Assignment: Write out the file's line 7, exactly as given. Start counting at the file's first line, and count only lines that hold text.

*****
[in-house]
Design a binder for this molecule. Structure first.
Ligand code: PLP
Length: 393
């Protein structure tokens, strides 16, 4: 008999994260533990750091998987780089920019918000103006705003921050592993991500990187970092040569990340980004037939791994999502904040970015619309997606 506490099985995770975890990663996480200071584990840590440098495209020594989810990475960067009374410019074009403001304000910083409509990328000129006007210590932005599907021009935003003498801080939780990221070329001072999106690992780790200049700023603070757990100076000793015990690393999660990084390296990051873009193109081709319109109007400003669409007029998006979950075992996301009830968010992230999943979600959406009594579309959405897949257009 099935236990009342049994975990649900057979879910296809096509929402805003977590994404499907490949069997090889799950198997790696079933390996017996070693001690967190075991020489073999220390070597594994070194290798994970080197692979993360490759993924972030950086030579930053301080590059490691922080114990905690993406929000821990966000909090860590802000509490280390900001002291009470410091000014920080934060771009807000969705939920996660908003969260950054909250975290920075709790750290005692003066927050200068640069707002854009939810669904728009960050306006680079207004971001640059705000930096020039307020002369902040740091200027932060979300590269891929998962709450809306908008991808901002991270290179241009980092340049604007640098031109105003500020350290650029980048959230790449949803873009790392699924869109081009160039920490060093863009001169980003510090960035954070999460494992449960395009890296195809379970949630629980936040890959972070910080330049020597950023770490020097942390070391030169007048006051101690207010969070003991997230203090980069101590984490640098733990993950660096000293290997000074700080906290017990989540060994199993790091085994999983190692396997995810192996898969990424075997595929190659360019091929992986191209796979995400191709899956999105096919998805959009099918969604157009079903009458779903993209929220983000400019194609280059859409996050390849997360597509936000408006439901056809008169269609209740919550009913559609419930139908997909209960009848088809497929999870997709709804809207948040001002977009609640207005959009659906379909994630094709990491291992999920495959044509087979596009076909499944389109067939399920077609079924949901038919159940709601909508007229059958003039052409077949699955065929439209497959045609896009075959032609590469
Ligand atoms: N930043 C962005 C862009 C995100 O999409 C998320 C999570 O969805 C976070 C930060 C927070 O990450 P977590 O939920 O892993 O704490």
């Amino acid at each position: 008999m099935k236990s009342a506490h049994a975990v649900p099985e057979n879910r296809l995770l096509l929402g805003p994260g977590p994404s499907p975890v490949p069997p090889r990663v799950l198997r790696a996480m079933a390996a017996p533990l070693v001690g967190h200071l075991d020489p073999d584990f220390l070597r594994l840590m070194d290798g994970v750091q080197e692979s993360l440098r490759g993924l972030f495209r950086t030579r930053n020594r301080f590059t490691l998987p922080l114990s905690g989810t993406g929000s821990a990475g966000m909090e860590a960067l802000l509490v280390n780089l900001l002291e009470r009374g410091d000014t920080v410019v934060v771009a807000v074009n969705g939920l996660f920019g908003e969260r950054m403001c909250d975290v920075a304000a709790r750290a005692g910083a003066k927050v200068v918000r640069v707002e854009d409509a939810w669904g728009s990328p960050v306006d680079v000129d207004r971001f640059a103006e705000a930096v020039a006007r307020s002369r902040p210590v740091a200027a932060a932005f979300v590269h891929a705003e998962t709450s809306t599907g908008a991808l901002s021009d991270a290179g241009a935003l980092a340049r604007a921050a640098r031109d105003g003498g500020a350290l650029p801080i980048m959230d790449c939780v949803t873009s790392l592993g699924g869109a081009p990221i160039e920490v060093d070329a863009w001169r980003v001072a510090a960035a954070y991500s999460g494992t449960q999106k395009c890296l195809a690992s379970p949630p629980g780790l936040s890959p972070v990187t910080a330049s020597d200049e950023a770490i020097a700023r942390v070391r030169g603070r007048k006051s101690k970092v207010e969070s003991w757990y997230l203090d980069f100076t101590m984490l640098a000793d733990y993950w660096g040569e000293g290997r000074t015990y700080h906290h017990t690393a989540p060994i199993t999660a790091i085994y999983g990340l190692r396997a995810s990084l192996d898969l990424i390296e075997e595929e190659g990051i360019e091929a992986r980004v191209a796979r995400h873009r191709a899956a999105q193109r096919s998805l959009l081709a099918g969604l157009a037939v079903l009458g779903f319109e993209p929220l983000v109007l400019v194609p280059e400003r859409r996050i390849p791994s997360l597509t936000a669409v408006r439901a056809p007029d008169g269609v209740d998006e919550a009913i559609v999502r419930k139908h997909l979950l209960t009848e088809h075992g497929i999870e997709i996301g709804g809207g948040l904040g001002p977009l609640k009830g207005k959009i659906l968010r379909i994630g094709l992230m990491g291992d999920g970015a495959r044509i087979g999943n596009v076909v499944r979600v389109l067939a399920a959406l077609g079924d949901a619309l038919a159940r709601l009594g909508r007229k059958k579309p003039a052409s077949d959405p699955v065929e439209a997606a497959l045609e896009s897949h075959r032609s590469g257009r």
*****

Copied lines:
């Amino acid at each position: 008999m099935k236990s009342a506490h049994a975990v649900p099985e057979n879910r296809l995770l096509l929402g805003p994260g977590p994404s499907p975890v490949p069997p090889r990663v799950l198997r790696a996480m079933a390996a017996p533990l070693v001690g967190h200071l075991d020489p073999d584990f220390l070597r594994l840590m070194d290798g994970v750091q080197e692979s993360l440098r490759g993924l972030f495209r950086t030579r930053n020594r301080f590059t490691l998987p922080l114990s905690g989810t993406g929000s821990a990475g966000m909090e860590a960067l802000l509490v280390n780089l900001l002291e009470r009374g410091d000014t920080v410019v934060v771009a807000v074009n969705g939920l996660f920019g908003e969260r950054m403001c909250d975290v920075a304000a709790r750290a005692g910083a003066k927050v200068v918000r640069v707002e854009d409509a939810w669904g728009s990328p960050v306006d680079v000129d207004r971001f640059a103006e705000a930096v020039a006007r307020s002369r902040p210590v740091a200027a932060a932005f979300v590269h891929a705003e998962t709450s809306t599907g908008a991808l901002s021009d991270a290179g241009a935003l980092a340049r604007a921050a640098r031109d105003g003498g500020a350290l650029p801080i980048m959230d790449c939780v949803t873009s790392l592993g699924g869109a081009p990221i160039e920490v060093d070329a863009w001169r980003v001072a510090a960035a954070y991500s999460g494992t449960q999106k395009c890296l195809a690992s379970p949630p629980g780790l936040s890959p972070v990187t910080a330049s020597d200049e950023a770490i020097a700023r942390v070391r030169g603070r007048k006051s101690k970092v207010e969070s003991w757990y997230l203090d980069f100076t101590m984490l640098a000793d733990y993950w660096g040569e000293g290997r000074t015990y700080h906290h017990t690393a989540p060994i199993t999660a790091i085994y999983g990340l190692r396997a995810s990084l192996d898969l990424i390296e075997e595929e190659g990051i360019e091929a992986r980004v191209a796979r995400h873009r191709a899956a999105q193109r096919s998805l959009l081709a099918g969604l157009a037939v079903l009458g779903f319109e993209p929220l983000v109007l400019v194609p280059e400003r859409r996050i390849p791994s997360l597509t936000a669409v408006r439901a056809p007029d008169g269609v209740d998006e919550a009913i559609v999502r419930k139908h997909l979950l209960t009848e088809h075992g497929i999870e997709i996301g709804g809207g948040l904040g001002p977009l609640k009830g207005k959009i659906l968010r379909i994630g094709l992230m990491g291992d999920g970015a495959r044509i087979g999943n596009v076909v499944r979600v389109l067939a399920a959406l077609g079924d949901a619309l038919a159940r709601l009594g909508r007229k059958k579309p003039a052409s077949d959405p699955v065929e439209a997606a497959l045609e896009s897949h075959r032609s590469g257009r």